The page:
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Monday, January 23, 2006 - Page updated at 12:00 AM

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Review casts doubt on soy's benefits

The Associated Press

DALLAS — Veggie burgers and tofu might not be so great at warding off heart disease after all.

An American Heart Association committee reviewed a decade of studies on soy's benefits and came up with results that cast doubt on the health claim that soy-based foods and supplements significantly lower cholesterol.

The findings could lead the Food and Drug Administration to re-evaluate rules that currently allow companies to tout a cholesterol-lowering benefit on the labels of soy-based food.

The panel also found that neither soy nor the soy component isoflavone reduced symptoms of menopause, such as hot flashes, and that isoflavones don't help prevent breast, uterine or prostate cancer. Results were mixed on whether soy prevented postmenopausal bone loss.

Based on its findings, the committee said in a statement published in the journal Circulation that it would not recommend using isoflavone supplements in food or pills and that soy-containing foods and supplements did not significantly lower cholesterol.

Nutrition experts say soy-based foods still are good because they often are eaten in place of less healthful fare such as burgers and hot dogs, and because they contain a lot of polyunsaturated fats, fiber, vitamins and minerals and are low in saturated fat.

But they don't have as much direct benefit as had been hoped on cholesterol, one of the top risk factors for heart disease.

"We don't want to lull people into a false sense of security that by eating soy they can solve the problem (with cholesterol)," said Dr. Michael Crawford, chief of clinical cardiology at University of California San Francisco Medical Center.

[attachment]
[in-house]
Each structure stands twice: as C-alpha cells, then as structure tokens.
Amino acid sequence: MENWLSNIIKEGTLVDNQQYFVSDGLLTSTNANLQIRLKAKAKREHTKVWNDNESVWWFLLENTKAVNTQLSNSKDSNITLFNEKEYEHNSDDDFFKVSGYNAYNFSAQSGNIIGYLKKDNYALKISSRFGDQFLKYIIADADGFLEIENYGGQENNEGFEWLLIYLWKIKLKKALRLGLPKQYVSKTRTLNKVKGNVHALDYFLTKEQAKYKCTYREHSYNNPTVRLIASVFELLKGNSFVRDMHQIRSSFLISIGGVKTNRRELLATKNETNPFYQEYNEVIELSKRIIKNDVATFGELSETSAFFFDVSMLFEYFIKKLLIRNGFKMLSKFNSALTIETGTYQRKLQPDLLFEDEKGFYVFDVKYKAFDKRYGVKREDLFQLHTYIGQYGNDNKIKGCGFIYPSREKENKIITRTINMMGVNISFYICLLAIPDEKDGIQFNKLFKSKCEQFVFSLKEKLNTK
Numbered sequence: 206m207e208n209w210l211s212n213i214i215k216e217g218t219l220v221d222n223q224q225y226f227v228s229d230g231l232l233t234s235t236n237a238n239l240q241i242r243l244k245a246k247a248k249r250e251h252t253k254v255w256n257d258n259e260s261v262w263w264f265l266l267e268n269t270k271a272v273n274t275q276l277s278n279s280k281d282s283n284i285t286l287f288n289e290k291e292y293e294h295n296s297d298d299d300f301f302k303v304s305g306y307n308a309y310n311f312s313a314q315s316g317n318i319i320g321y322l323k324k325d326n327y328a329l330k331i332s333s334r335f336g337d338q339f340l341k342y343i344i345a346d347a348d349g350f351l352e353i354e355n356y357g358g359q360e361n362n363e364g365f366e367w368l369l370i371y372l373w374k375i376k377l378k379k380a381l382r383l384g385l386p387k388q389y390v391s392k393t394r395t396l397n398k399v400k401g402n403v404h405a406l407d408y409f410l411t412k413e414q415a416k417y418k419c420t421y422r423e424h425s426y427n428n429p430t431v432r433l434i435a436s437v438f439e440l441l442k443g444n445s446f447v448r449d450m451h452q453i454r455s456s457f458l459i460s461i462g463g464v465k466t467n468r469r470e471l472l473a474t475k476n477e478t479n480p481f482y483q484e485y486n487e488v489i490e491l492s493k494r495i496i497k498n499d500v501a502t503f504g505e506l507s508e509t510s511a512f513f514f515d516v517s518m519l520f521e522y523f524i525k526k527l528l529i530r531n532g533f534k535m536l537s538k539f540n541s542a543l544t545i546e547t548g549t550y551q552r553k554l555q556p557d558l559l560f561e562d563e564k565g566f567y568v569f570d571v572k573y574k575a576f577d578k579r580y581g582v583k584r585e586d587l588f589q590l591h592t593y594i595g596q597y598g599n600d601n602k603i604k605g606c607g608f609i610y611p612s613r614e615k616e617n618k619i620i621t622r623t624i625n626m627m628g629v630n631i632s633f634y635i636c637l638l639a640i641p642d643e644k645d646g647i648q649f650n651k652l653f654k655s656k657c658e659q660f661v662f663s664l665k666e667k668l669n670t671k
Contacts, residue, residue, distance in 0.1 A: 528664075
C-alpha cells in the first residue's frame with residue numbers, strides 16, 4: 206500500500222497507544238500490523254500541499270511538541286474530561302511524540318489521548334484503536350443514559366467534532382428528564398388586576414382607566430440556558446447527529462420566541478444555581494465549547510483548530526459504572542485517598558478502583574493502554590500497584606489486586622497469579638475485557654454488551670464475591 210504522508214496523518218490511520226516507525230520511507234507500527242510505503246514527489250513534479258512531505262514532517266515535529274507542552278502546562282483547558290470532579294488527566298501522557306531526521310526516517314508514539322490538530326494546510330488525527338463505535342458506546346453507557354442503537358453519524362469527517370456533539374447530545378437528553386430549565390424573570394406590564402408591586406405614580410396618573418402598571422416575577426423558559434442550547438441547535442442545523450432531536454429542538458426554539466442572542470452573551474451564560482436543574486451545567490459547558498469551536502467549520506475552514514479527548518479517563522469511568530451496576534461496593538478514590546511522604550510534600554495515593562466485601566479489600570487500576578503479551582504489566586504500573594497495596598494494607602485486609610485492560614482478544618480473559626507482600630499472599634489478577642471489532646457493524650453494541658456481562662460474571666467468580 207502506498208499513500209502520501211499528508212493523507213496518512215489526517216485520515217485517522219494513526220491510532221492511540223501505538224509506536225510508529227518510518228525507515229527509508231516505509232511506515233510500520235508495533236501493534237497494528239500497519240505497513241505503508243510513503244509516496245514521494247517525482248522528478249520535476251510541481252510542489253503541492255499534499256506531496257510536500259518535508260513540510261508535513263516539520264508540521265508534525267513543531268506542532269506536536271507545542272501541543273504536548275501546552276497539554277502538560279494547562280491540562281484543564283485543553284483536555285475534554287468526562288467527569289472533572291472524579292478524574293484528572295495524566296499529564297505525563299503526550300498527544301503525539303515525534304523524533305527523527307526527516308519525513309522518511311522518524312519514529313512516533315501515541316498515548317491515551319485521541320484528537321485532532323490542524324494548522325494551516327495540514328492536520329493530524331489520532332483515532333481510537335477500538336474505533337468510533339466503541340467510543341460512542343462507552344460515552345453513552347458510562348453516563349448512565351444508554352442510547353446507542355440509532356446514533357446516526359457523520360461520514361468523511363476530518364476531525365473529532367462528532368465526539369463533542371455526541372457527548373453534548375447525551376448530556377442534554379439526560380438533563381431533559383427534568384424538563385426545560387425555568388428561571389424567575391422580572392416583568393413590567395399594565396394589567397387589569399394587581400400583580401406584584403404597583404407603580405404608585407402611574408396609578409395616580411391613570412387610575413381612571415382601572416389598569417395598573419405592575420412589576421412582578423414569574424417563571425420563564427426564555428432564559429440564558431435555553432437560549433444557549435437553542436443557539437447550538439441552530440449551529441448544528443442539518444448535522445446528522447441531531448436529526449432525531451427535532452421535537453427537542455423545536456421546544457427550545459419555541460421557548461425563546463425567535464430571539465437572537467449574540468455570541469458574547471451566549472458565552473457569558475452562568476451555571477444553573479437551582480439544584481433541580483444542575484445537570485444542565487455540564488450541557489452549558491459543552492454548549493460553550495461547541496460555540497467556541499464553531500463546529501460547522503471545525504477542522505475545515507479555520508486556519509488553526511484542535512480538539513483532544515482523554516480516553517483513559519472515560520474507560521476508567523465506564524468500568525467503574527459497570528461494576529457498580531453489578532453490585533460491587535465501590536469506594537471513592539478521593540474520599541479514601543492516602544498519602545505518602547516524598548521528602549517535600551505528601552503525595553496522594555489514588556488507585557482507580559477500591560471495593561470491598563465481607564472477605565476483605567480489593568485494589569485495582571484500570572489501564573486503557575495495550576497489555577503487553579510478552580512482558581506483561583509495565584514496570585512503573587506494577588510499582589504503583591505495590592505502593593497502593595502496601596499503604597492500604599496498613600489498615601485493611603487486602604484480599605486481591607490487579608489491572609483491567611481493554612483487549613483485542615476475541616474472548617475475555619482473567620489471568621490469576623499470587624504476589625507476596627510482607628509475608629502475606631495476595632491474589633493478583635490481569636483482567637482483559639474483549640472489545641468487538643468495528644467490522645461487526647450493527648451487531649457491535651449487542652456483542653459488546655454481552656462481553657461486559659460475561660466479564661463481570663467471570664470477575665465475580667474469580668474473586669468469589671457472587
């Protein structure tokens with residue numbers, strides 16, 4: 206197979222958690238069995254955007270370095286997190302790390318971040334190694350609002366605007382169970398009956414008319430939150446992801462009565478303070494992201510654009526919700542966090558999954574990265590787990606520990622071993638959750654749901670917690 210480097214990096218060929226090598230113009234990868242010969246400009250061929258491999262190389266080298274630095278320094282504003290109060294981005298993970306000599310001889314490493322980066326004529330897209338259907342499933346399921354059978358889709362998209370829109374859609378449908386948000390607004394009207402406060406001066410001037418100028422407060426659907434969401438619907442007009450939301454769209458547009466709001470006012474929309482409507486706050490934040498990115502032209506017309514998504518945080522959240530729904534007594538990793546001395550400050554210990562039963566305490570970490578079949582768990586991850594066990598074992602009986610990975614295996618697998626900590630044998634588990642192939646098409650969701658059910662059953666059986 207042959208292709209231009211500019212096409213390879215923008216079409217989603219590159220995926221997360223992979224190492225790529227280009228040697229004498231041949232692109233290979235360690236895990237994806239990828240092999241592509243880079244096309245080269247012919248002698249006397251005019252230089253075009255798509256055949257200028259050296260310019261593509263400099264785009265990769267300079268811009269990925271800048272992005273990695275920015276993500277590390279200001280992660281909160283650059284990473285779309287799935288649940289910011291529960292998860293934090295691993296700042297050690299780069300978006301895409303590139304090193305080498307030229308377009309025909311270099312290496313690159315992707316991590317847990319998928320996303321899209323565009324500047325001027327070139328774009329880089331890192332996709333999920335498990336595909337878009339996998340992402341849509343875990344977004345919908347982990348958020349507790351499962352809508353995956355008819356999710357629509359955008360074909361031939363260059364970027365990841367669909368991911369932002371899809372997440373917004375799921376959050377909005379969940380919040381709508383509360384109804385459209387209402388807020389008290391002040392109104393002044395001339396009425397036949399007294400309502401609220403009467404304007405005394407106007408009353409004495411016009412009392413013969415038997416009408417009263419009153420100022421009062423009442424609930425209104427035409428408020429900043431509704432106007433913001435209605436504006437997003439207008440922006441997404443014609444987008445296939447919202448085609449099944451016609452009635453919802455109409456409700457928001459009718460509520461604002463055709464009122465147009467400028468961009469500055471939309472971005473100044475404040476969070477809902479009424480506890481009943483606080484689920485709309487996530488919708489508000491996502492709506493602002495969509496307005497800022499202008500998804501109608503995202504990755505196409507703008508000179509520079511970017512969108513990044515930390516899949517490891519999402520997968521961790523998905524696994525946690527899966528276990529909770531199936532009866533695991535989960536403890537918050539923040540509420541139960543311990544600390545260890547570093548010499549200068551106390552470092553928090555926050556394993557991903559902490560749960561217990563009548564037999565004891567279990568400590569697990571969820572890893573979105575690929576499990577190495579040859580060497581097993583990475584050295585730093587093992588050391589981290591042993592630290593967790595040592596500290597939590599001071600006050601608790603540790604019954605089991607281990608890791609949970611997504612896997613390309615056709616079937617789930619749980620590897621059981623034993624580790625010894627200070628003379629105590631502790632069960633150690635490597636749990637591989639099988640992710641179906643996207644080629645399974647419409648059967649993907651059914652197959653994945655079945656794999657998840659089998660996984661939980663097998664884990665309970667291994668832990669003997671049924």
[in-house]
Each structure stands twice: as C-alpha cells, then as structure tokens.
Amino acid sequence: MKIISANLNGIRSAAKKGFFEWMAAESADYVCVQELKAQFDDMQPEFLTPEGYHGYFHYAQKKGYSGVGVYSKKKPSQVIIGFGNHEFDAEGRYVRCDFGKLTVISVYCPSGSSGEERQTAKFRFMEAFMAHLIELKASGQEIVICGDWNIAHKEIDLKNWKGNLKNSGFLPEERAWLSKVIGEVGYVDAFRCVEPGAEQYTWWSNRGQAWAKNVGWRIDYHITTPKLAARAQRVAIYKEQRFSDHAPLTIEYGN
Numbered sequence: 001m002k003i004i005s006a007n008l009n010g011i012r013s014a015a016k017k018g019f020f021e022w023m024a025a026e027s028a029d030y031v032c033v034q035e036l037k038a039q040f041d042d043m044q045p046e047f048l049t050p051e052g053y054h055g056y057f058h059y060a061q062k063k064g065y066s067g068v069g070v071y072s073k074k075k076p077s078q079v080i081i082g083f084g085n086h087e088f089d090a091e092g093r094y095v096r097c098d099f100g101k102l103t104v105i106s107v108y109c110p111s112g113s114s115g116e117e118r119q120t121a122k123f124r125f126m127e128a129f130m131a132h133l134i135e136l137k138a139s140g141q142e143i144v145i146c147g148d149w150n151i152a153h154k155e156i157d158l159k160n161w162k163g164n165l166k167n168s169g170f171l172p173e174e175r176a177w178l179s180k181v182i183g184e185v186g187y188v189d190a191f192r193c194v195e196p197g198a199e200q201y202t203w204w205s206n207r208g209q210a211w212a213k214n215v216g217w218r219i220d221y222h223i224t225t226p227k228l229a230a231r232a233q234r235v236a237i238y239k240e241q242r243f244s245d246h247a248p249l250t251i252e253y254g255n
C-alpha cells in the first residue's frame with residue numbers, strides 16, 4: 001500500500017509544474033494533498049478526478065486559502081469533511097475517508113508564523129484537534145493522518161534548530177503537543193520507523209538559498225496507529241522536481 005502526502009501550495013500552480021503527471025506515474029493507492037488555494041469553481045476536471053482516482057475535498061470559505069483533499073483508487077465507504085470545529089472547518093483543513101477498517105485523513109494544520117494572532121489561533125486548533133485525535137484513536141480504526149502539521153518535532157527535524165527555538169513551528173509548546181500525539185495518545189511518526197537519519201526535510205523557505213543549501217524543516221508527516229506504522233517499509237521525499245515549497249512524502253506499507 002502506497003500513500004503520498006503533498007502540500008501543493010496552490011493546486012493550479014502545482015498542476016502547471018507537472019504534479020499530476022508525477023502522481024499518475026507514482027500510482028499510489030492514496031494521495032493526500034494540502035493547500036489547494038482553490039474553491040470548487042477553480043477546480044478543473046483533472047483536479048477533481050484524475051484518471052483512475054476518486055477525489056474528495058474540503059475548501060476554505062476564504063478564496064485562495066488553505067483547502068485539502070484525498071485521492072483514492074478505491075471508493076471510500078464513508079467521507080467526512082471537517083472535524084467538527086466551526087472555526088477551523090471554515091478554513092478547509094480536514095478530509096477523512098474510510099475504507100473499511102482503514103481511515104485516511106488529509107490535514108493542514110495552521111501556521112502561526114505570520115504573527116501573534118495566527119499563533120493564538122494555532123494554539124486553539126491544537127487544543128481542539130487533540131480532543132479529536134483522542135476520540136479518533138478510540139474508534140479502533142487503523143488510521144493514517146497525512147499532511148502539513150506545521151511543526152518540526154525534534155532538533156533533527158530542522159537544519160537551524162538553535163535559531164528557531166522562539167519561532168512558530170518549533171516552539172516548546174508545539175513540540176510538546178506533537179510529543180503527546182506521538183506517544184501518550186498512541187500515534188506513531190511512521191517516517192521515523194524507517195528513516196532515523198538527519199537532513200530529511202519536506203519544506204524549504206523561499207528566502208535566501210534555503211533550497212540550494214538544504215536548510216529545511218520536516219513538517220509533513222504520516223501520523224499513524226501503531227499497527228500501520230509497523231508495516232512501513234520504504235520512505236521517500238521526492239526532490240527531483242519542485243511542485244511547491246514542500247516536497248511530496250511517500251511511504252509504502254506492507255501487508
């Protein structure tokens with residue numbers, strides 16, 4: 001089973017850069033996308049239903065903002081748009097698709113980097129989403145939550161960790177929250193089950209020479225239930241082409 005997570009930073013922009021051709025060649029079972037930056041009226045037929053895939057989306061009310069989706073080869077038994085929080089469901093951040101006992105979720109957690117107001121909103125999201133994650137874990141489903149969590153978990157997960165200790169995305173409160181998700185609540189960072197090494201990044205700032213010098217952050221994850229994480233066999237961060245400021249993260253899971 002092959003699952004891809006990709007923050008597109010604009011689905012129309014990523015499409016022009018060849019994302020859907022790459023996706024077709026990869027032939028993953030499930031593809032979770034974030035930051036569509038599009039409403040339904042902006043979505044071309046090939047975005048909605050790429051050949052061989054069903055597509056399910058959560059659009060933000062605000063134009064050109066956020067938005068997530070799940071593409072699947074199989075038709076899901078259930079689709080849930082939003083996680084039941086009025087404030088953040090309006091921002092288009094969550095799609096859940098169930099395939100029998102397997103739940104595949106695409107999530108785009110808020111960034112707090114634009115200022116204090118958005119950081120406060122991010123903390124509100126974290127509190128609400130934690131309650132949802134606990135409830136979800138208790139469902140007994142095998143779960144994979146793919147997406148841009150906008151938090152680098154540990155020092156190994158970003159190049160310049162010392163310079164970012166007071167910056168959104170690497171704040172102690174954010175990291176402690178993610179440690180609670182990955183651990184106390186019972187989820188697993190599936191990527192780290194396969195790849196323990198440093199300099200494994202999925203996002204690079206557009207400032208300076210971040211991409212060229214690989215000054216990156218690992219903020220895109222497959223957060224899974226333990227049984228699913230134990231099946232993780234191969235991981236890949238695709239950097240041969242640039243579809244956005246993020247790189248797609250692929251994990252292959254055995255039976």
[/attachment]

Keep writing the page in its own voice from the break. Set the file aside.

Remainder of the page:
The FDA in 1999 started allowing manufacturers to claim that soy products might cut the risk of heart disease after studies showed at least 25 grams of soy protein a day lowered cholesterol. A year later, the Heart Association recommended that soy be included in a diet low in saturated fat and cholesterol.

But as more research emerged, the Heart Association decided to revisit the issue. The committee members reviewed 22 studies and found that large amounts of dietary soy protein reduced LDL, or "bad" cholesterol, by only about 3 percent and had no effect on HDL, or "good" cholesterol, or on blood pressure.

They did a separate analysis of isoflavones. The review of 19 studies suggested that soy isoflavones also had no effect on lowering LDL cholesterol or other lipid risk factors.

"Soy proteins and isoflavones don't have any major health benefits ... ," said Dr. Frank Sacks, a professor of nutrition at the Harvard School of Public Health in Boston.

Copyright © 2006 The Seattle Times Company


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